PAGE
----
I am also fine with the idea that the curse is set upon Glasgow by a cult of Satanists rather than the mere bite of a wolf (though that does happen, too); the film is already ridiculous at the outset, and it does add another small element to the plot that was actually surprising at the start, since I assumed it would just be a generic Wolfman effort as described by the history of these things.

There is some pretty good opening atmosphere over the credits, and some of the camera shots are not too bad given what I assume was a rather limited set of choices, not to mention money, time and equipment. And bonus points must be given to these brave souls for at least attempting to set their film in a bygone era, even if it really doesn't come off that way in the finished product. (All the preproduction planning in the world can't mask the sense that some of your townie extras had barely set down their Super Big Gulp from the local 7-11 before picking up their torches and shotguns.) It sometimes seems like they bought every item at a flea market that was older than 1930, and then jam-packed each set with the items, with little regard for their appropriateness. The attempt is appreciated, however. I also had that sense of the child within me, who would have loved this film at the age of ten. It is simple, it has a Wolfman, it has blood, it has a number of people getting killed. I grew up loving two werewolf movies unflinchingly, even while being scared to walk home at night: 1956's The Werewolf and 1973's The Boy Who Cried Werewolf. Quality didn't matter; the werewolves and wolfmen did. These films were the "hairy" ones that I had seen at that point, but if Owensby's film had been around just a few years earlier, it surely would have seemed like wolfie heaven to me.

And that's it for the good. The film's largest demerit comes from the editing, or rather, the lack of it. I don't know if Owensby had a contract with the theatres to deliver a solid 100-minute long feature, but if he did, then he succeeded. On that count alone, the film succeeds. Wolfman feels so much longer though -- the first twenty minutes dripped by in what seemed like a hundred themselves -- and the blame has to rest on Owensby and Keeter's need to repeat themselves endlessly. They can't just show Glasgow running up the steps to the doctor's townhouse; they feel the need to show the entire scene I described above in the second paragraph -- with the surrey and the fringe and the horse and all -- and then when Glasgow returns for another discussion with the good Doc, they show the entire thing again. No shortcuts, no trimming of the scene to quicken the pace. They show it again. And this happens in a couple other scenes as well.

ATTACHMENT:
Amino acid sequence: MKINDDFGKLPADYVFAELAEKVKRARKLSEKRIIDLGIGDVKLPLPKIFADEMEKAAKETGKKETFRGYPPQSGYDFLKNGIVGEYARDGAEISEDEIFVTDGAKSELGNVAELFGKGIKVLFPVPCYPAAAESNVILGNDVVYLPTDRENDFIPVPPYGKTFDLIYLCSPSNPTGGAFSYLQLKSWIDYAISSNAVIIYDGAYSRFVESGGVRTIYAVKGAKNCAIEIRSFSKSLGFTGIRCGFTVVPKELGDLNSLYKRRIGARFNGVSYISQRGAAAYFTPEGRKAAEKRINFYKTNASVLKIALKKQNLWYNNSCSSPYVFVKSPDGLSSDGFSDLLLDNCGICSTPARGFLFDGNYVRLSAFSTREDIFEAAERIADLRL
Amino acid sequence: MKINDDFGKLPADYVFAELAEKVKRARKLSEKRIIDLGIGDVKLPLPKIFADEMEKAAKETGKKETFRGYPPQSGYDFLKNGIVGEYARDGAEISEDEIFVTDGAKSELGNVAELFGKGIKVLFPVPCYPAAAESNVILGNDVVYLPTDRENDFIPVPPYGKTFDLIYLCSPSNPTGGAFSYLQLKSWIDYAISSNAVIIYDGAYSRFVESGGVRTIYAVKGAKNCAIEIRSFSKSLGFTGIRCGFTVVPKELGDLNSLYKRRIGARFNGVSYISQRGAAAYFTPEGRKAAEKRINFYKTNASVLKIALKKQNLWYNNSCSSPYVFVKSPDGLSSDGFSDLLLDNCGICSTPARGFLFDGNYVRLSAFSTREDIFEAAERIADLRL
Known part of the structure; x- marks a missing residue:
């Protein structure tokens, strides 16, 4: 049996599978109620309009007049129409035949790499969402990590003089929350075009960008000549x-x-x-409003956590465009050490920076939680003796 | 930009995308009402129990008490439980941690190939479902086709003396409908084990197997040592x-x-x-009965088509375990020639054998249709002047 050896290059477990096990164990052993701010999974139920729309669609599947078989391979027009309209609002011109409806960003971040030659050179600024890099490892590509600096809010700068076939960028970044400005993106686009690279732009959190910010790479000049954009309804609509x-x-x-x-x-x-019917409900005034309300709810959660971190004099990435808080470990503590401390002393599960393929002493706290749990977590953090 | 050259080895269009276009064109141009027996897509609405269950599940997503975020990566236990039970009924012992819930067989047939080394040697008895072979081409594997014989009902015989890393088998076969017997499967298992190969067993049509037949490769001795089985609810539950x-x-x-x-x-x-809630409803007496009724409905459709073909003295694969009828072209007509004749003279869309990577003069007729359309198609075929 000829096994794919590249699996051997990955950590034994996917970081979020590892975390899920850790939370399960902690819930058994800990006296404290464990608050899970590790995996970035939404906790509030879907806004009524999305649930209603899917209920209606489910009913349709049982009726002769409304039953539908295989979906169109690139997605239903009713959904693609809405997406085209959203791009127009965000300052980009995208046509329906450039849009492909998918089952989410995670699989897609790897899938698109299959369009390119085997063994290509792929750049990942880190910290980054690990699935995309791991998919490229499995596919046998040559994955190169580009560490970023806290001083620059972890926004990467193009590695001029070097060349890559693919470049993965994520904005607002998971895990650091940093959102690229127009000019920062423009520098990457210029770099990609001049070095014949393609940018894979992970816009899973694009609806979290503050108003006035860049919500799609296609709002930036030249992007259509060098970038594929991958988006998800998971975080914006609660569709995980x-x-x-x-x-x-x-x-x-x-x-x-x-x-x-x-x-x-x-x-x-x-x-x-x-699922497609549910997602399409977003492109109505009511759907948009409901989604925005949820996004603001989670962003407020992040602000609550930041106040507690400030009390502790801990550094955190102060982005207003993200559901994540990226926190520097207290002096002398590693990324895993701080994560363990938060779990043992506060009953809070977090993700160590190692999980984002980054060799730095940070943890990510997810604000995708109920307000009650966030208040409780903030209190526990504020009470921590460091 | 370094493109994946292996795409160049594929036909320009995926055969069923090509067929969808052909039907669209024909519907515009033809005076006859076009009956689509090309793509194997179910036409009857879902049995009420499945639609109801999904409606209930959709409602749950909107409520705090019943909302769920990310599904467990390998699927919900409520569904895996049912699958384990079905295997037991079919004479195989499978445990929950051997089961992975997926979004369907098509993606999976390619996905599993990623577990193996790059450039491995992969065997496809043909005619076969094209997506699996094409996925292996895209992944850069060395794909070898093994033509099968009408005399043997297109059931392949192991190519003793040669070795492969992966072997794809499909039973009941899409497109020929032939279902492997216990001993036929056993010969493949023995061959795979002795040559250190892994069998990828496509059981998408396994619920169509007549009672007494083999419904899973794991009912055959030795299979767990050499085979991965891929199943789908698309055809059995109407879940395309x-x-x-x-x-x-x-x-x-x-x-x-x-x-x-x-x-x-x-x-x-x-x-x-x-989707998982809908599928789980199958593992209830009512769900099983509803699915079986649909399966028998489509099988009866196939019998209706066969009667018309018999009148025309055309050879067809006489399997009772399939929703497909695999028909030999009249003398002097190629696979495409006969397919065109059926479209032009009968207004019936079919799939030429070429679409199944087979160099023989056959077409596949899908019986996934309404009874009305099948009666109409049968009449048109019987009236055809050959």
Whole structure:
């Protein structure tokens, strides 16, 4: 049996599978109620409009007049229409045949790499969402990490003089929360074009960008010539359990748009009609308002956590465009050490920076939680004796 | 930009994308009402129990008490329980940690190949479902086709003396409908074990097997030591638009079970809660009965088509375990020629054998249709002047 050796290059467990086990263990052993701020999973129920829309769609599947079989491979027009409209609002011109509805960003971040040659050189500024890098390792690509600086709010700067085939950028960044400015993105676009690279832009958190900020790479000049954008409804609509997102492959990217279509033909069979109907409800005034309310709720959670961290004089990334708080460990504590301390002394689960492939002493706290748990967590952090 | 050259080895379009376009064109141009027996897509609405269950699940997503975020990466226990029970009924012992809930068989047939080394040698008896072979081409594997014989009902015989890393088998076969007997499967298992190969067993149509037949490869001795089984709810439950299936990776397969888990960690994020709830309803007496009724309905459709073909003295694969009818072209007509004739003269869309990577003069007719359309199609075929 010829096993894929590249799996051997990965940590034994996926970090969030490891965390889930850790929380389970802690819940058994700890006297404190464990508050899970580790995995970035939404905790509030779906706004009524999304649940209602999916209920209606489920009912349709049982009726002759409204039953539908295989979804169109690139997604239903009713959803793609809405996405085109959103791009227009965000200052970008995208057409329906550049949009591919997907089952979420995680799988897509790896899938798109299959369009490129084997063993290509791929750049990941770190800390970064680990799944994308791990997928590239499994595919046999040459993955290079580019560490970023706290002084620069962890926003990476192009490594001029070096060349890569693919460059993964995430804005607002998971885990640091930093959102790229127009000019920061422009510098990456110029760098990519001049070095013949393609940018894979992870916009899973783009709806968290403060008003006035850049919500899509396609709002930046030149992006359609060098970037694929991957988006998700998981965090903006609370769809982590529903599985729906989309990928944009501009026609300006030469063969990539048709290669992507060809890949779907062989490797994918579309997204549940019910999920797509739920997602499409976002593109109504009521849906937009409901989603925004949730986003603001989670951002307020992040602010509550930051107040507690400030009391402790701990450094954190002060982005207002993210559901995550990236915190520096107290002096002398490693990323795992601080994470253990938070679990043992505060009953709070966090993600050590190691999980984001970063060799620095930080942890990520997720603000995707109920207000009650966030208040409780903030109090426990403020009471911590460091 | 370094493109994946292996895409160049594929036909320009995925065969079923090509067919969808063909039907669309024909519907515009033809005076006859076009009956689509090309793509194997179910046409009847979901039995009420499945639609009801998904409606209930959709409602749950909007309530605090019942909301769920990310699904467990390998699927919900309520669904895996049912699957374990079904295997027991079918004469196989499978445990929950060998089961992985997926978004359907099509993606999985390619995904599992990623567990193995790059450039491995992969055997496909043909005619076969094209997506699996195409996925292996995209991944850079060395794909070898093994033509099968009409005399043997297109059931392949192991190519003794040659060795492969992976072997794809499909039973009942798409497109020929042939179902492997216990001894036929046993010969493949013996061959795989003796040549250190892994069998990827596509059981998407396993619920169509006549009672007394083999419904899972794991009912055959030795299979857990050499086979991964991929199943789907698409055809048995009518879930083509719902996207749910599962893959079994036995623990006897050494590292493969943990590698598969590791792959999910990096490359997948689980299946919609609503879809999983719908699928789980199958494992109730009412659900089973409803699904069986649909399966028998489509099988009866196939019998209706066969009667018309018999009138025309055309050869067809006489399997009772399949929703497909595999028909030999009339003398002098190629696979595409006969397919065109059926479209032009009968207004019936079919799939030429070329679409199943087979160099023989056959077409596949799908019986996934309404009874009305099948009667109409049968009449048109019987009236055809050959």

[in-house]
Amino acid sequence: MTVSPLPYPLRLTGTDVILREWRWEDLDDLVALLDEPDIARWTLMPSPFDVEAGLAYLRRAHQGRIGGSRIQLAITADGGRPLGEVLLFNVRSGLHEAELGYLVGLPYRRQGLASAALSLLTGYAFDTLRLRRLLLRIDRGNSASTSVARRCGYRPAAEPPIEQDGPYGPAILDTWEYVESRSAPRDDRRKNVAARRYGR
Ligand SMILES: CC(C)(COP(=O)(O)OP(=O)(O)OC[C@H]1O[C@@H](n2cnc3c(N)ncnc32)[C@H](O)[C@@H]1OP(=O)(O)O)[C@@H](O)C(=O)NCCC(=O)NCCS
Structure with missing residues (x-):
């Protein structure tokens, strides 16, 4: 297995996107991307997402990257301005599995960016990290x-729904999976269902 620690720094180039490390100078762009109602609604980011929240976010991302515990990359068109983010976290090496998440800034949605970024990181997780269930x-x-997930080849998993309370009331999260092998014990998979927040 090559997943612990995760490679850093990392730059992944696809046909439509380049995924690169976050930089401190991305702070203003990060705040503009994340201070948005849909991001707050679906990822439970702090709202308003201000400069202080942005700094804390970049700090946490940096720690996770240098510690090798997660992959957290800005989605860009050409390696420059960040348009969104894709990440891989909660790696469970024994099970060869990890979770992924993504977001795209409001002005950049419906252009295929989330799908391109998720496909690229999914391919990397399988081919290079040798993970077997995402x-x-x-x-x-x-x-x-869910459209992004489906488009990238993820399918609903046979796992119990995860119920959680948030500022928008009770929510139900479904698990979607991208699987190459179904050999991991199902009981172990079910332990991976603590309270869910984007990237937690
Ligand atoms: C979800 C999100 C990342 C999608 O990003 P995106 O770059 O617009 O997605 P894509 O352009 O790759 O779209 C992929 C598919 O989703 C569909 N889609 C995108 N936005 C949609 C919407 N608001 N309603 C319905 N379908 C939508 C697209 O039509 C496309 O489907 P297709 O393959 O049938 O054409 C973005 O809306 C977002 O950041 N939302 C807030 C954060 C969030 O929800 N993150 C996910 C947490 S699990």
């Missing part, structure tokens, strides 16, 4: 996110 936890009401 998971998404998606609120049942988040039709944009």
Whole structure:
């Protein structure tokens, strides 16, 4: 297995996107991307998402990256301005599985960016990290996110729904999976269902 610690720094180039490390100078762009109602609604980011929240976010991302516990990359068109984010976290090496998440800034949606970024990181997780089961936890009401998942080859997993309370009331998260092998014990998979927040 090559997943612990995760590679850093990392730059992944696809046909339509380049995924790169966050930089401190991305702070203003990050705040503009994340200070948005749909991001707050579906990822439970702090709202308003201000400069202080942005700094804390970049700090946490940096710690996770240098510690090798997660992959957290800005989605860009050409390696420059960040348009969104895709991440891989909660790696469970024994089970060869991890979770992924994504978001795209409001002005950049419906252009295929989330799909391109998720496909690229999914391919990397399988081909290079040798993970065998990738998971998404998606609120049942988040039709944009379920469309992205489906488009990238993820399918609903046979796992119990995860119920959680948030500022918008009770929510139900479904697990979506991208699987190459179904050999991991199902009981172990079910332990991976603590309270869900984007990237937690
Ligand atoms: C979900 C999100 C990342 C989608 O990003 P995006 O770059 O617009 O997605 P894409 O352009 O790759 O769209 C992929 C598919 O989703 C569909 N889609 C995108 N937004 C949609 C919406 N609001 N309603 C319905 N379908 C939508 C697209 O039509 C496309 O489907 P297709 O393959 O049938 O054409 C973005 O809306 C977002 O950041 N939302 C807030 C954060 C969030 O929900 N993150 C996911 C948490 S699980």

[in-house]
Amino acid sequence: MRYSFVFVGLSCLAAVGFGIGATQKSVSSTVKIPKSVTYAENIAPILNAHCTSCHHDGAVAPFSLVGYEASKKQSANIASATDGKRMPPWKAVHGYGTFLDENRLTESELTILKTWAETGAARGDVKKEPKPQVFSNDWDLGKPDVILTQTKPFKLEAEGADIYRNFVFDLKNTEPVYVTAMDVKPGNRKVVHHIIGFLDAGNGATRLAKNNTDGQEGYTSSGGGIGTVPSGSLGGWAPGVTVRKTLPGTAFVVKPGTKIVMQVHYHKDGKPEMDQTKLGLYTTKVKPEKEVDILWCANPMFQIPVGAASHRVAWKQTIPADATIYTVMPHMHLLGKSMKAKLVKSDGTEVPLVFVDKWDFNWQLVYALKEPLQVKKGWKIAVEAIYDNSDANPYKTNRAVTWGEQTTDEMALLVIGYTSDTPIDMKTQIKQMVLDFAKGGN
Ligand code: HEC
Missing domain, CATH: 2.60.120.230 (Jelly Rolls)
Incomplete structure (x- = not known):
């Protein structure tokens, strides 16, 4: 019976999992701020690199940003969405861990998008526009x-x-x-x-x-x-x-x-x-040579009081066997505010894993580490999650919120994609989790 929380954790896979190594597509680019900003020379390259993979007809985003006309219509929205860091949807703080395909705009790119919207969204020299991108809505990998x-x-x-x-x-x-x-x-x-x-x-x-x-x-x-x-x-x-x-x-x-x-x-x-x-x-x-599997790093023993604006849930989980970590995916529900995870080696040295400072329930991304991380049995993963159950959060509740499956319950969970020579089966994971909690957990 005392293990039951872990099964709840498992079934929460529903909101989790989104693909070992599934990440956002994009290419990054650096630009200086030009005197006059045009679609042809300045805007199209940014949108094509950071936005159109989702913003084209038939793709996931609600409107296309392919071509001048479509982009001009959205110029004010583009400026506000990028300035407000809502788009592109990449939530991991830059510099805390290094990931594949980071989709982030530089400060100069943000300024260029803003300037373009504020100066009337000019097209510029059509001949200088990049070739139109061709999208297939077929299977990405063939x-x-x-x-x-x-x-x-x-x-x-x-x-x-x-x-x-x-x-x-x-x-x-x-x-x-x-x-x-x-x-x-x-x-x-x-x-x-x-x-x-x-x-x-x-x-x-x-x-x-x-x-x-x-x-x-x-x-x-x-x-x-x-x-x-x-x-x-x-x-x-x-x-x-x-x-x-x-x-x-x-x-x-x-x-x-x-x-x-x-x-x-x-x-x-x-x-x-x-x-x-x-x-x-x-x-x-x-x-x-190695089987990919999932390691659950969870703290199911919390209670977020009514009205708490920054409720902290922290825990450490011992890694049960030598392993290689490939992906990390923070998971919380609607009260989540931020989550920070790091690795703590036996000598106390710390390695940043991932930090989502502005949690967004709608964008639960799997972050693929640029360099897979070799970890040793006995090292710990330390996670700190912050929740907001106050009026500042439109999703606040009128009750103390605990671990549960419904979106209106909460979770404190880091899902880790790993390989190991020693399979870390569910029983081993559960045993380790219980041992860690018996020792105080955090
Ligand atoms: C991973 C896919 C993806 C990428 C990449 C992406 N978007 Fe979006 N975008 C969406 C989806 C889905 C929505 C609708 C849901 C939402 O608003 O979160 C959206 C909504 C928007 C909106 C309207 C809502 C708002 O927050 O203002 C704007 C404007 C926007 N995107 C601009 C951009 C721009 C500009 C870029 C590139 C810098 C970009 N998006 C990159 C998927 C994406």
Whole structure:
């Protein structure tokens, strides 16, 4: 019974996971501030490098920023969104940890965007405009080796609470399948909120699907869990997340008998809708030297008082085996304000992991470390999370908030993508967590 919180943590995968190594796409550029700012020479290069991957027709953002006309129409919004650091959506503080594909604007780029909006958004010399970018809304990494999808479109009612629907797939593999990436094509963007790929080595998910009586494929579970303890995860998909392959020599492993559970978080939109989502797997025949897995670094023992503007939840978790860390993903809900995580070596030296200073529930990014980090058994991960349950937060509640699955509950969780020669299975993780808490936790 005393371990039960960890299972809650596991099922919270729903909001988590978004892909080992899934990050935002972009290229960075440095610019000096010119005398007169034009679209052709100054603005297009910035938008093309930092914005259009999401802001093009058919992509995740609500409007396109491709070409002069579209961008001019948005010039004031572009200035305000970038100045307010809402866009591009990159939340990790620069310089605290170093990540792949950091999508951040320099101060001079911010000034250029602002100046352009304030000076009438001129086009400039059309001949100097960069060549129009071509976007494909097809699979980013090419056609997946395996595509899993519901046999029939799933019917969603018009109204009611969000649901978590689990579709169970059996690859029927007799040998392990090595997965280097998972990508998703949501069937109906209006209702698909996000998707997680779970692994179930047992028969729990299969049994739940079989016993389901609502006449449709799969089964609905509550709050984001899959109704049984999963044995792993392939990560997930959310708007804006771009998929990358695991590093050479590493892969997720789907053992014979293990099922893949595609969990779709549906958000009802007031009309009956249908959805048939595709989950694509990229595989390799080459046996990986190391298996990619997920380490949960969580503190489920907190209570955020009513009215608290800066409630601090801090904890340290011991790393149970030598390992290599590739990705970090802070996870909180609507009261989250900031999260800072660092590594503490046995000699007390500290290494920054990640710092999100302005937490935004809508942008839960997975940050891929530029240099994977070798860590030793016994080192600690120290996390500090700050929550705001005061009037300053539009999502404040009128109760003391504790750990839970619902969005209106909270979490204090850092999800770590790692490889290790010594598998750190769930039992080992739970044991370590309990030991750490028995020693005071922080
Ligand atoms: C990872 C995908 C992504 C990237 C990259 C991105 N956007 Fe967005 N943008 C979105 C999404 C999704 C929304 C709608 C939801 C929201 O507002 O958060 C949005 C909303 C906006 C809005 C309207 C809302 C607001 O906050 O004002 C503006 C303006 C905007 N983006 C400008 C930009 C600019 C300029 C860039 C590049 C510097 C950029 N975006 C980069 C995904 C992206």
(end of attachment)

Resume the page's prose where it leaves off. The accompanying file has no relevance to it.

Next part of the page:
Because of these delays, Owensby doesn't even get in his Wolfman makeup until a full hour into this opus, and if you thought it was all meant to add anticipation to the moment, you have another thing coming. For a film so obsessed with sticking around in scene after scene, when it comes to the big transformation moment, it is over and done in about five seconds. Owensby grimaces, he grips the door jamb, his hand gets hairy, and he runs off into the night. I am fine with the Wolfman look -- he is more Cousin Itt than Chaney, Jr., with practically every bit of skin covered by long brushed-down hair -- I just don't understand why they give us hardly anything in the initial change when they linger so long on it later when he switches back. (And, of course, more than once.) There are several moments that one definitely feels the on-the-fly mode of the making of the film when it seems action sequences don't quite go as planned, such as in the final fight scene or in the big chase scene with the villagers.

It all comes down to Owensby, though. Again, he might be a nice guy, but he is no actor. It came as no surprise to find out later he was supposedly a buddy of Elvis Presley's, because the sense I got from watching Earl's first few scenes here was one of Elvis, all paunchy and addled from pills, giving up music and going back to films again. In fact, a conspiracy theory popped into my skull at that moment, almost a Bubba-Ho-Tep scenario, with one E. switching with the other E. and hiding out in North Carolina, making crappy flicks. Owensby only bears a superficial resemblance to the King, however he did play a Presley-like entertainer in a later film, and he named his real-life son after the King, too; the true match comes in his mumble-mouthed attempts at dialogue, with his soft, sweet-natured sounding accent tripping over line after line, almost to the point where you feel sorry for the guy for just trying. He loses this empathy once he is shown without his shirt, with more natural body hair than even his Wolfman character should even rightly bear. And Keeter seems determined to stay the course with his editing choices, giving us no less than three terrifying glimpses of Owensby's shaggy, dumpy physique. Upon this third horrendous attack on our vision and sanity, one screams out, "Surely, he has to be the producer to have gotten this part!"

Then again, it was the '70s.
If Joe Don Baker could be considered leading man material at that time, then so apparently could Earl Owensby, even if only in his own movies. Somehow, mysteriously, he made lots of cash on this point.

Of course, that Baker guy could actually act...